Giese joins the National Audubon Society’s national Board of Directors as a regional director

NEW YORK – The National Audubon Society welcomed Erin Giese, data manager at the University of Wisconsin-Green Bay’s Cofrin Center for Biodiversity, and Rod Brown, a founding partner of Cascadia Law Group PLLC, to its national board of directors. The two newest members bring expertise in biodiversity and environmental law as well as proven leadership within the Audubon chapter network.

Erin Giese of northeastern Wisconsin is joining the national board as the regional director for the Mississippi Flyway North region. Since 2011, she has worked at the University of Wisconsin-Green Bay’s Cofrin Center for

Erin Giese

Biodiversity on bird and wildlife-related projects throughout the Great Lakes region. She is currently president of the Northeastern Wisconsin Audubon Society and adviser to the Green Bay Audubon Student Conservation Chapter at UW-Green Bay, which was the first Audubon student chapter in the country. She is passionate about family, birds, nature, wildlife, conservation, and world travel. Giese is also striving to bring equity, diversity, and inclusion to the forefront of all aspects of her life.

See the full press release.

Green Bay Conservation Partners Spring Roundtable, April 21

The Green Bay Conservation Partners will host their 7th Annual Spring Roundtable on Wednesday, April 21 from 8:50–11:30 a.m. on Zoom. Partners will share information about restoration, monitoring, and other conservation projects around the region in the bay of Green Bay, Lower Fox River watershed, Green Bay’s West Shore, and Door Peninsula. Registration is free but required by April 19th to receive the connection information (media welcome).

The morning will feature invited speakers providing updates on the National Estuarine Research Reserve designation process and a conservation legislative update, as well as a series of 5-minute lightning talks and virtual student posters. Lightning talk highlights include restoring habitat for fish, cover cropping with indigenous corn, mapping trends in agricultural land management, and involving classrooms in environmental stewardship. With over 100 conservation leaders and experts in attendance, the Spring Roundtable is a great opportunity to learn about projects and research happening in the region and network with others working on conservation. If you have questions about the event, contact Amy Carrozzino-Lyon, UW-Green Bay, at carrozza@uwgb.edu or 920-465-5029.

Students receiving Cofrin Grants will showcase research Tuesday, March 30

On Tuesday afternoon, March 30, 2021, 10 students representing six academic programs will present their work funded by the Cofrin Student Grants Program, one of UW-Green Bay’s longest running and most successful extracurricular academic opportunities. Cofrin Grants support faculty/staff-mentored projects on UW-Green Bay natural areas, administered by the Cofrin Center for Biodiversity. This year’s Cofrin Student Research Symposium (the 31st) will be delivered online, accessed by clicking this link: Click here to join the meeting. (You also might need to download the free Microsoft Teams application.)

A schedule of presentations follows:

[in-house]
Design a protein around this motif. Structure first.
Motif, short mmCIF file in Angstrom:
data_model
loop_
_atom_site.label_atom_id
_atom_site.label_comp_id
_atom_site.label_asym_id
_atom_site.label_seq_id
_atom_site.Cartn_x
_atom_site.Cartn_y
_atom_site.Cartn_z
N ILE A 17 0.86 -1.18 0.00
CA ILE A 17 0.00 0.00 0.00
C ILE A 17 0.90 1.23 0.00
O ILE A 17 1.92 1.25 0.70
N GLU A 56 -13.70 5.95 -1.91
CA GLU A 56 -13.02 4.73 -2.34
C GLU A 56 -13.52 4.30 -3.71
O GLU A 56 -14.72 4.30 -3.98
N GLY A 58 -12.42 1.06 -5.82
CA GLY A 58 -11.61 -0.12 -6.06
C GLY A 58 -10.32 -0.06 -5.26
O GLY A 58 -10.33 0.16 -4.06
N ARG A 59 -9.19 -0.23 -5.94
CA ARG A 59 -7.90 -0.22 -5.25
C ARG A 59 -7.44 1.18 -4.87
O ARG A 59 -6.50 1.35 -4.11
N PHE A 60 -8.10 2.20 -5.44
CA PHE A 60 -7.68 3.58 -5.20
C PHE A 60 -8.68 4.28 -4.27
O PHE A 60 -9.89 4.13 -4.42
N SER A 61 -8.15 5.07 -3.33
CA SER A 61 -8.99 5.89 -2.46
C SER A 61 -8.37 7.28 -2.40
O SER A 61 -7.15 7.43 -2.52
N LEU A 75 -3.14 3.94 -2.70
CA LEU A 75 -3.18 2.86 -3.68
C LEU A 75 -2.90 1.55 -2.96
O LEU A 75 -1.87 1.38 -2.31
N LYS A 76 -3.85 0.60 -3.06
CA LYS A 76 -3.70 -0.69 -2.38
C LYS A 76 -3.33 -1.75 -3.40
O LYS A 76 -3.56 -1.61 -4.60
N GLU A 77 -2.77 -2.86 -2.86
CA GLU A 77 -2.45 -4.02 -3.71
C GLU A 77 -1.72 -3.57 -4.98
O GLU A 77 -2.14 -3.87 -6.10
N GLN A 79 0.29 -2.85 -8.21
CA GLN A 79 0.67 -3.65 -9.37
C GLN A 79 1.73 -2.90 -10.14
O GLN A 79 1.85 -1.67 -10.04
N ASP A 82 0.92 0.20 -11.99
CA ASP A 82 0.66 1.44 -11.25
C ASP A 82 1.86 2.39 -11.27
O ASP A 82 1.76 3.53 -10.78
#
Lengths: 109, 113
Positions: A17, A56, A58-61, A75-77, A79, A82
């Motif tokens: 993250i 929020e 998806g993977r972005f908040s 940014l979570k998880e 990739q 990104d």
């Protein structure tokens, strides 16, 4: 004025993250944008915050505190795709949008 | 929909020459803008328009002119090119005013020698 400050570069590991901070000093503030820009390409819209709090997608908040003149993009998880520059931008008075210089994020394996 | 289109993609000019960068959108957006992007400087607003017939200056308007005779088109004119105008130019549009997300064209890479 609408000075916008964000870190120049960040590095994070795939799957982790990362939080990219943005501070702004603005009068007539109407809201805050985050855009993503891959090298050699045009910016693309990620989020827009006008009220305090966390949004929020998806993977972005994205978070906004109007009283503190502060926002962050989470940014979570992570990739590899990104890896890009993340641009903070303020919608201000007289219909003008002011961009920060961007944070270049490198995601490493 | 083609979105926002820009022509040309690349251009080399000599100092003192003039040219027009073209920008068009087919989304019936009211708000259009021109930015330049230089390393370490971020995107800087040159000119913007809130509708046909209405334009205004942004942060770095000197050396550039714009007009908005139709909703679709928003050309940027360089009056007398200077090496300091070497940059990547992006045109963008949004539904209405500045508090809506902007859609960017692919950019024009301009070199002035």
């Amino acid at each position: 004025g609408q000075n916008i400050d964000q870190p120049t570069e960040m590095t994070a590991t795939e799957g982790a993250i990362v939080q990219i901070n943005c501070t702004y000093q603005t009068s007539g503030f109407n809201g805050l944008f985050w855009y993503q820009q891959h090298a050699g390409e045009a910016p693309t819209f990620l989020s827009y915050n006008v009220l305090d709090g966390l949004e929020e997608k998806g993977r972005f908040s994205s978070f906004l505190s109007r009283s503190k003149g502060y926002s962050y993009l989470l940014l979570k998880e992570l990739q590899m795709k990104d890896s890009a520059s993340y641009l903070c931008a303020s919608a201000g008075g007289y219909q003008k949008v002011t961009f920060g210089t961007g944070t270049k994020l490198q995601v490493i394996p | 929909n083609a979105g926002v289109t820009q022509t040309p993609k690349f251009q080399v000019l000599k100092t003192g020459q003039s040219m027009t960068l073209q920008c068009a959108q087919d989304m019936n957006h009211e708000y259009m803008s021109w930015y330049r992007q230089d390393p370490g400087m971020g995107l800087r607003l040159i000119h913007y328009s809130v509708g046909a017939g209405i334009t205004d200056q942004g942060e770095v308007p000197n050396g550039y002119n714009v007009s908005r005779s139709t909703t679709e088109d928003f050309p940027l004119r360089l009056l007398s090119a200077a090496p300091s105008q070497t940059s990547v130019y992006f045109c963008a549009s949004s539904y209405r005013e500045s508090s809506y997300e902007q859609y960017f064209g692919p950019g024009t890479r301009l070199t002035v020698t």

2:00 p.m.—Introduction (Dr. Robert Howe, Director, Cofrin Center for Biodiversity)

2:05 p.m.—Back to roots: mycorrhizal fungi associated with red pine (Jacob Pelegrin)

2:17 p.m.—Resident bats at the new Wequiock Creek Natural Area (Nicholas Boulanger)

2:30 p.m.—A Great Lakes children’s book (Jessica Cook and Eric VanRemortel)

2:42 p.m.—The cryptic gray treefrog species pair in UW-Green Bay natural areas (Max Chung)

2:55 p.m.—The natural world along the shoreline of the Point au Sable Nature Reserve (Collette LaRue)

3:07 p.m.—Freshwater gastropods of northeastern Wisconsin streams (Alicia Krause)

3:20 p.m.—Educating the public on the ecology of the Cofrin Memorial Arboretum (Olivia Salm)

3:32 p.m.—20th Century hunter-conservationists and public parks in NE Wisconsin (Nathan Knutson)

3:45 p.m.—Aquatic plants and root-associated fungi in the Cofrin Arboretum (Malynn Tarczewski)

4:00 p.m.—Heron and egret concentrations in lower Green Bay (Jarod Siekman-Verboort)

Students interested in applying for a Cofrin Grant in 2021 can learn about the program by seeing what the 2020 recipients have accomplished. The deadline for this year’s applications will be May 17, 2021; application instructions can be found here on the Cofrin Center for Biodiversity web site.

Please share this announcement with others who might be interested in attending this online event and supporting the 2020 Cofrin Student Grant recipients.

 

Oldest Ring-billed Gull on Record Discovered by Cleveland Birder | Audubon

Resighting live birds away from the colony, especially those with such tiny bands, is also difficult. “These small metal bands are best read in the hand,” says Erin Giese, senior research specialist at University of Wisconsin-Green Bay’s Cofrin Center for Biodiversity. “The fact that [Slusarczyk] was able to resight the band was tremendous on its own.”

Source: Oldest Ring-billed Gull on Record Discovered by Cleveland Birder | Audubon

UW-Green Bay receives official ‘Bee City USA®’ designation

Bee City USA® has announced that the University of Wisconsin-Green Bay has met the standards for certification as an official Bee Campus USA affiliate.

The application for certification was submitted by the UW-Green Bay Sustainability Committee chaired by Prof. David Voelker (Humanities and History). Voelker noted that “The Sustainability Committee greeted Professor Amy Wolf’s proposal that UWGB seek Bee Campus USA certification with excitement. We see this program as a wonderful opportunity to build on work that we are already doing, and we welcome the chance to collaborate with the Cofrin Center for Biodiversity, CSET faculty, and Facilities Management to promote pollinator-friendly habitat on our campus.” Amy Wolf is the Herbert Fik Johnson Professor of Natural Sciences and faculty member in UW-Green Bay’s Natural and Applied Sciences program.